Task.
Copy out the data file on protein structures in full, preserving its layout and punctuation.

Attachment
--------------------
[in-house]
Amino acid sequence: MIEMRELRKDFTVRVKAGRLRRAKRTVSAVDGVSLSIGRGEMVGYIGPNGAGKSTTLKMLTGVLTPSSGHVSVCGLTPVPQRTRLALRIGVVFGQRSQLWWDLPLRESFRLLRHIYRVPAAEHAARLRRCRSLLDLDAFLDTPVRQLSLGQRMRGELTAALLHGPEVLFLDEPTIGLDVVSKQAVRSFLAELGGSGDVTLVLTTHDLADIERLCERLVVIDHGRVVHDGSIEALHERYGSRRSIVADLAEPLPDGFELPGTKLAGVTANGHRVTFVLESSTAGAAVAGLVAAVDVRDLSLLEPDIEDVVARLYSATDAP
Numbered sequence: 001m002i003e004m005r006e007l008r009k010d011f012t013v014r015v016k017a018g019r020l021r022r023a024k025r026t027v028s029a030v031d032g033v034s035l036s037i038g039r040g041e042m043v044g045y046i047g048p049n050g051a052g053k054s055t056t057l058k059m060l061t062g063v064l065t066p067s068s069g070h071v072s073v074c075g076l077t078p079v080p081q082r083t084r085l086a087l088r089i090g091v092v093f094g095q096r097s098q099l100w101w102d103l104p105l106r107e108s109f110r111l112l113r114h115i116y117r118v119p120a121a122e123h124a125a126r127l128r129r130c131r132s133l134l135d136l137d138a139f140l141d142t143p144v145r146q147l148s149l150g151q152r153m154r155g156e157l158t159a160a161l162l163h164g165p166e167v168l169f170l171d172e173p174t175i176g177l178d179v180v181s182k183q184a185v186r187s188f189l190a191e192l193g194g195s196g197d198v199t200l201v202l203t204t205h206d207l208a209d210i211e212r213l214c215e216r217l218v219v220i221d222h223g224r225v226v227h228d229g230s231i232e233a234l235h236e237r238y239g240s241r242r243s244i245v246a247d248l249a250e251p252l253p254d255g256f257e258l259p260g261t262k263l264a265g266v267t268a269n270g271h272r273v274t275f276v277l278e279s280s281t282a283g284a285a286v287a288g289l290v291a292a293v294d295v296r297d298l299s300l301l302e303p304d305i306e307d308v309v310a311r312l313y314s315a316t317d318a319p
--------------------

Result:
[in-house]
Amino acid sequence: MIEMRELRKDFTVRVKAGRLRRAKRTVSAVDGVSLSIGRGEMVGYIGPNGAGKSTTLKMLTGVLTPSSGHVSVCGLTPVPQRTRLALRIGVVFGQRSQLWWDLPLRESFRLLRHIYRVPAAEHAARLRRCRSLLDLDAFLDTPVRQLSLGQRMRGELTAALLHGPEVLFLDEPTIGLDVVSKQAVRSFLAELGGSGDVTLVLTTHDLADIERLCERLVVIDHGRVVHDGSIEALHERYGSRRSIVADLAEPLPDGFELPGTKLAGVTANGHRVTFVLESSTAGAAVAGLVAAVDVRDLSLLEPDIEDVVARLYSATDAP
Numbered sequence: 001m002i003e004m005r006e007l008r009k010d011f012t013v014r015v016k017a018g019r020l021r022r023a024k025r026t027v028s029a030v031d032g033v034s035l036s037i038g039r040g041e042m043v044g045y046i047g048p049n050g051a052g053k054s055t056t057l058k059m060l061t062g063v064l065t066p067s068s069g070h071v072s073v074c075g076l077t078p079v080p081q082r083t084r085l086a087l088r089i090g091v092v093f094g095q096r097s098q099l100w101w102d103l104p105l106r107e108s109f110r111l112l113r114h115i116y117r118v119p120a121a122e123h124a125a126r127l128r129r130c131r132s133l134l135d136l137d138a139f140l141d142t143p144v145r146q147l148s149l150g151q152r153m154r155g156e157l158t159a160a161l162l163h164g165p166e167v168l169f170l171d172e173p174t175i176g177l178d179v180v181s182k183q184a185v186r187s188f189l190a191e192l193g194g195s196g197d198v199t200l201v202l203t204t205h206d207l208a209d210i211e212r213l214c215e216r217l218v219v220i221d222h223g224r225v226v227h228d229g230s231i232e233a234l235h236e237r238y239g240s241r242r243s244i245v246a247d248l249a250e251p252l253p254d255g256f257e258l259p260g261t262k263l264a265g266v267t268a269n270g271h272r273v274t275f276v277l278e279s280s281t282a283g284a285a286v287a288g289l290v291a292a293v294d295v296r297d298l299s300l301l302e303p304d305i306e307d308v309v310a311r312l313y314s315a316t317d318a319p